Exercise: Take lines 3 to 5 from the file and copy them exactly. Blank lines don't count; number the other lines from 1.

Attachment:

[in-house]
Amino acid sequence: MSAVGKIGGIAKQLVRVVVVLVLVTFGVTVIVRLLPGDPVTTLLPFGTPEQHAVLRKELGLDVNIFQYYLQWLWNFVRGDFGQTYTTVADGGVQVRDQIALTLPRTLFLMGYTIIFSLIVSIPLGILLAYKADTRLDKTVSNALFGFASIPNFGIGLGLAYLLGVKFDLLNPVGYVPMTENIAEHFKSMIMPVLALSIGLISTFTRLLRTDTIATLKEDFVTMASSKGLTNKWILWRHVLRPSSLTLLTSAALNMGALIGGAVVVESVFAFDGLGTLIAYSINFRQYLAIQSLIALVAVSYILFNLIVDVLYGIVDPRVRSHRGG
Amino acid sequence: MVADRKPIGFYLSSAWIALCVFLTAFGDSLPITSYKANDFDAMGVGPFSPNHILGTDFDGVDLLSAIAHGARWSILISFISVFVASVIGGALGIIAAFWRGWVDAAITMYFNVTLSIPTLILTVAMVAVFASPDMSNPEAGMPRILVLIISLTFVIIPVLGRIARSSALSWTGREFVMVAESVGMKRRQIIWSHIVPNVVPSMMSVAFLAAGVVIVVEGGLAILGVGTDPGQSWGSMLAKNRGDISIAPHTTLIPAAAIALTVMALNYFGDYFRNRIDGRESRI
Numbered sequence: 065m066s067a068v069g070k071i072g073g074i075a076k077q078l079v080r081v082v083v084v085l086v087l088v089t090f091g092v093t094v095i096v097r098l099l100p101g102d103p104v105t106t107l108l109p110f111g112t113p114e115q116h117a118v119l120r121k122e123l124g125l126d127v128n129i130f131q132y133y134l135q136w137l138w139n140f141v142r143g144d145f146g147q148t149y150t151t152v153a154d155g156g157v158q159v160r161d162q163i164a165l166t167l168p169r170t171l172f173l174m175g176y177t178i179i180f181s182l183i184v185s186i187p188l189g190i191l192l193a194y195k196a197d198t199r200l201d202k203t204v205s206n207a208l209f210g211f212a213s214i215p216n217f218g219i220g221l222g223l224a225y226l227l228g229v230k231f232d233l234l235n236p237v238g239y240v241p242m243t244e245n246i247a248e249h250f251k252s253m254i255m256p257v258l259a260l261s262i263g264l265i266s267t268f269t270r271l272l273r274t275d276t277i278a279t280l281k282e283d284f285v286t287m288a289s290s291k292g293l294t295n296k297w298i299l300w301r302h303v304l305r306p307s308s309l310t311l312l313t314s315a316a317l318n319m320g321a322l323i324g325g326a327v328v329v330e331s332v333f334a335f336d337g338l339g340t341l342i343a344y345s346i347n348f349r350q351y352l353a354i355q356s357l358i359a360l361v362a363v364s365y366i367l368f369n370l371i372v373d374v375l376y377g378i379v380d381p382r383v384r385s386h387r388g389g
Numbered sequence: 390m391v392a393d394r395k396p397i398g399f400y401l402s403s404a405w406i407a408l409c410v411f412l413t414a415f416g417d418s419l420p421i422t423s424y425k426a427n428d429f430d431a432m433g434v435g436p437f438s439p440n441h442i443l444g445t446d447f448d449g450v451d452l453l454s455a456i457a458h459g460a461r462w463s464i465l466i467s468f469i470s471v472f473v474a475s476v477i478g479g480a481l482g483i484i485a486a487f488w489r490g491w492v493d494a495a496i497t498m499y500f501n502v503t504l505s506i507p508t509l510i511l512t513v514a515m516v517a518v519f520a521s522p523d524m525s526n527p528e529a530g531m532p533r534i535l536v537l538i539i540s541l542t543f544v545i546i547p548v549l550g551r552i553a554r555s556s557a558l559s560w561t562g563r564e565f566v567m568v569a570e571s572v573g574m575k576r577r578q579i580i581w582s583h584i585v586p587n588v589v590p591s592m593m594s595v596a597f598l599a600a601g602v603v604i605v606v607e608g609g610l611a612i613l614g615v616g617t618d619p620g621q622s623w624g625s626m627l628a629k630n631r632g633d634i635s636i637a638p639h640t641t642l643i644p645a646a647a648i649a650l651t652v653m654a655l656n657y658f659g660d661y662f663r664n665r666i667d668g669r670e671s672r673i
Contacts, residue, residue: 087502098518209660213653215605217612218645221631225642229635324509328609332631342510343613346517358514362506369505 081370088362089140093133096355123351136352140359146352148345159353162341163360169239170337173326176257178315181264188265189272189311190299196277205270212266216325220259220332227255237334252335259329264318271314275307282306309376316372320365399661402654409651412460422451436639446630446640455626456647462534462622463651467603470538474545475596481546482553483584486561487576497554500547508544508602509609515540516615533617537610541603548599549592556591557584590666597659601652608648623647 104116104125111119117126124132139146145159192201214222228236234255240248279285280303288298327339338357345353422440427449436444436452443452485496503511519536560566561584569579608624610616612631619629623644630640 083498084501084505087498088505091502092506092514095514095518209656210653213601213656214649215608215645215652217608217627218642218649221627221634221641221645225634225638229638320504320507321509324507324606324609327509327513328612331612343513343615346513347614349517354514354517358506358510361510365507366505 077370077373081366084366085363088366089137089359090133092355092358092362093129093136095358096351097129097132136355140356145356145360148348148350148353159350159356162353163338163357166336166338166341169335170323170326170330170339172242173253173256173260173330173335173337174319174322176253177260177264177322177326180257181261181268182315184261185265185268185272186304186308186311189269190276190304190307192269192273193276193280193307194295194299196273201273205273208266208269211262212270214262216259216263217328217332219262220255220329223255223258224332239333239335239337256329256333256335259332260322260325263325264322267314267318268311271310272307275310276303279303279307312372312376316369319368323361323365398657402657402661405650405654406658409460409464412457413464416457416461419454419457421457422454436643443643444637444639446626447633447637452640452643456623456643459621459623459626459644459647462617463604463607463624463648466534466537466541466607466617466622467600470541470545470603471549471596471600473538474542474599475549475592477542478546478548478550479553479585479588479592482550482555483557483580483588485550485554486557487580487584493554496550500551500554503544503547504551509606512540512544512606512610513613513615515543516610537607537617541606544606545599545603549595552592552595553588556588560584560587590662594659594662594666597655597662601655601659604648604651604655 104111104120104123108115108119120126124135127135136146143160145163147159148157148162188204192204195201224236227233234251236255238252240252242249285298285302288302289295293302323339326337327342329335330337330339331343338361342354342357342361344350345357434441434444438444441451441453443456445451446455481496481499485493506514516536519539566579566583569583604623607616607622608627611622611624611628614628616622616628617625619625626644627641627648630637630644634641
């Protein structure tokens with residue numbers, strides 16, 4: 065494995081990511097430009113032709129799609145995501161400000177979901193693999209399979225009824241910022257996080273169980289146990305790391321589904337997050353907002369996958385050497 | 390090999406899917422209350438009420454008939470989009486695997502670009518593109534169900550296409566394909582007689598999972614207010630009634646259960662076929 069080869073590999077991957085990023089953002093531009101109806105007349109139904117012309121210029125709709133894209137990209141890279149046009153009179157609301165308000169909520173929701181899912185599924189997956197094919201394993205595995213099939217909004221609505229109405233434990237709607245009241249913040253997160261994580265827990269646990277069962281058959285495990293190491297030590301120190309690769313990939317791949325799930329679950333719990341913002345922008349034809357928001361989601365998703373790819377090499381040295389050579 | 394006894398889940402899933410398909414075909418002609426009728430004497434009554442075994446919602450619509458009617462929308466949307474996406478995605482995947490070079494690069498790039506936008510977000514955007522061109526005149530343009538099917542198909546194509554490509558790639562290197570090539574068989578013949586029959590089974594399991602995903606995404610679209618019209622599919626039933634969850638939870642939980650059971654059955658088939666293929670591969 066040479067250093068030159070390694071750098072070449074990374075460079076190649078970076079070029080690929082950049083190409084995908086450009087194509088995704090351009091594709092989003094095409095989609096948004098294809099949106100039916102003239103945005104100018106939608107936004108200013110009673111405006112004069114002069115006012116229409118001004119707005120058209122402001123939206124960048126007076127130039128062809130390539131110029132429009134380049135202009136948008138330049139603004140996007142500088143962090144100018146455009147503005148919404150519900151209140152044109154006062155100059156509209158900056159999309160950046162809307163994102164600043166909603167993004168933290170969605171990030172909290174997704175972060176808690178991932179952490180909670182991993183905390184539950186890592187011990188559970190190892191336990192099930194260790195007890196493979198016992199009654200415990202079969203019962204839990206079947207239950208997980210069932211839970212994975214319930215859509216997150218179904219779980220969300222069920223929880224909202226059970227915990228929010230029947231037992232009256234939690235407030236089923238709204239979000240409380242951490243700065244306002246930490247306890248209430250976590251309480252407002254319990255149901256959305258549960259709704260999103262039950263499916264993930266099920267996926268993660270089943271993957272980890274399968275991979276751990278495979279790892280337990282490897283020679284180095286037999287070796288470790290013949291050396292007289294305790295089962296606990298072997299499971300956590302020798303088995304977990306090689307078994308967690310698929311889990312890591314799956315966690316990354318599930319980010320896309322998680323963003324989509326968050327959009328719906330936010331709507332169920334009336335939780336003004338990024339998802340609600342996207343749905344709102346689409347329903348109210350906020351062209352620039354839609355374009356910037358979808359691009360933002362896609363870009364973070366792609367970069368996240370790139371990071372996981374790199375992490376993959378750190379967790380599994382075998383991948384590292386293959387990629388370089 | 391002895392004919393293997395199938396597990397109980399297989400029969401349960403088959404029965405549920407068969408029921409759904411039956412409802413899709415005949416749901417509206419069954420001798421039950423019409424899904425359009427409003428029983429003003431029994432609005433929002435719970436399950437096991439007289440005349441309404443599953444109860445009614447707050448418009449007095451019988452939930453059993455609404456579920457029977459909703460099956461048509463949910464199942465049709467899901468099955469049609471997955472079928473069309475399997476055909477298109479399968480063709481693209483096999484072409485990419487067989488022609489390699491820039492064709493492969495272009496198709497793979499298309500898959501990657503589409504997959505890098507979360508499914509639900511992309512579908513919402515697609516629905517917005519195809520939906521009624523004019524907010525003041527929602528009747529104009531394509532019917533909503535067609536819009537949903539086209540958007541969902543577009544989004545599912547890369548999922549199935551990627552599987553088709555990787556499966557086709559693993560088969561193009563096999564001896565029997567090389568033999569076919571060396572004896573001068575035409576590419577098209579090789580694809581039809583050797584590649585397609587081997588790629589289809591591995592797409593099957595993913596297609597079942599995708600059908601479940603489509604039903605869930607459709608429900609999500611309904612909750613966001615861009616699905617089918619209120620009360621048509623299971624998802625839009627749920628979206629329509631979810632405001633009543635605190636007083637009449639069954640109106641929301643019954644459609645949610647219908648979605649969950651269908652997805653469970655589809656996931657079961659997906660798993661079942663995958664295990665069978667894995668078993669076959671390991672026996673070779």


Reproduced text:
Amino acid sequence: MVADRKPIGFYLSSAWIALCVFLTAFGDSLPITSYKANDFDAMGVGPFSPNHILGTDFDGVDLLSAIAHGARWSILISFISVFVASVIGGALGIIAAFWRGWVDAAITMYFNVTLSIPTLILTVAMVAVFASPDMSNPEAGMPRILVLIISLTFVIIPVLGRIARSSALSWTGREFVMVAESVGMKRRQIIWSHIVPNVVPSMMSVAFLAAGVVIVVEGGLAILGVGTDPGQSWGSMLAKNRGDISIAPHTTLIPAAAIALTVMALNYFGDYFRNRIDGRESRI
Numbered sequence: 065m066s067a068v069g070k071i072g073g074i075a076k077q078l079v080r081v082v083v084v085l086v087l088v089t090f091g092v093t094v095i096v097r098l099l100p101g102d103p104v105t106t107l108l109p110f111g112t113p114e115q116h117a118v119l120r121k122e123l124g125l126d127v128n129i130f131q132y133y134l135q136w137l138w139n140f141v142r143g144d145f146g147q148t149y150t151t152v153a154d155g156g157v158q159v160r161d162q163i164a165l166t167l168p169r170t171l172f173l174m175g176y177t178i179i180f181s182l183i184v185s186i187p188l189g190i191l192l193a194y195k196a197d198t199r200l201d202k203t204v205s206n207a208l209f210g211f212a213s214i215p216n217f218g219i220g221l222g223l224a225y226l227l228g229v230k231f232d233l234l235n236p237v238g239y240v241p242m243t244e245n246i247a248e249h250f251k252s253m254i255m256p257v258l259a260l261s262i263g264l265i266s267t268f269t270r271l272l273r274t275d276t277i278a279t280l281k282e283d284f285v286t287m288a289s290s291k292g293l294t295n296k297w298i299l300w301r302h303v304l305r306p307s308s309l310t311l312l313t314s315a316a317l318n319m320g321a322l323i324g325g326a327v328v329v330e331s332v333f334a335f336d337g338l339g340t341l342i343a344y345s346i347n348f349r350q351y352l353a354i355q356s357l358i359a360l361v362a363v364s365y366i367l368f369n370l371i372v373d374v375l376y377g378i379v380d381p382r383v384r385s386h387r388g389g
Numbered sequence: 390m391v392a393d394r395k396p397i398g399f400y401l402s403s404a405w406i407a408l409c410v411f412l413t414a415f416g417d418s419l420p421i422t423s424y425k426a427n428d429f430d431a432m433g434v435g436p437f438s439p440n441h442i443l444g445t446d447f448d449g450v451d452l453l454s455a456i457a458h459g460a461r462w463s464i465l466i467s468f469i470s471v472f473v474a475s476v477i478g479g480a481l482g483i484i485a486a487f488w489r490g491w492v493d494a495a496i497t498m499y500f501n502v503t504l505s506i507p508t509l510i511l512t513v514a515m516v517a518v519f520a521s522p523d524m525s526n527p528e529a530g531m532p533r534i535l536v537l538i539i540s541l542t543f544v545i546i547p548v549l550g551r552i553a554r555s556s557a558l559s560w561t562g563r564e565f566v567m568v569a570e571s572v573g574m575k576r577r578q579i580i581w582s583h584i585v586p587n588v589v590p591s592m593m594s595v596a597f598l599a600a601g602v603v604i605v606v607e608g609g610l611a612i613l614g615v616g617t618d619p620g621q622s623w624g625s626m627l628a629k630n631r632g633d634i635s636i637a638p639h640t641t642l643i644p645a646a647a648i649a650l651t652v653m654a655l656n657y658f659g660d661y662f663r664n665r666i667d668g669r670e671s672r673i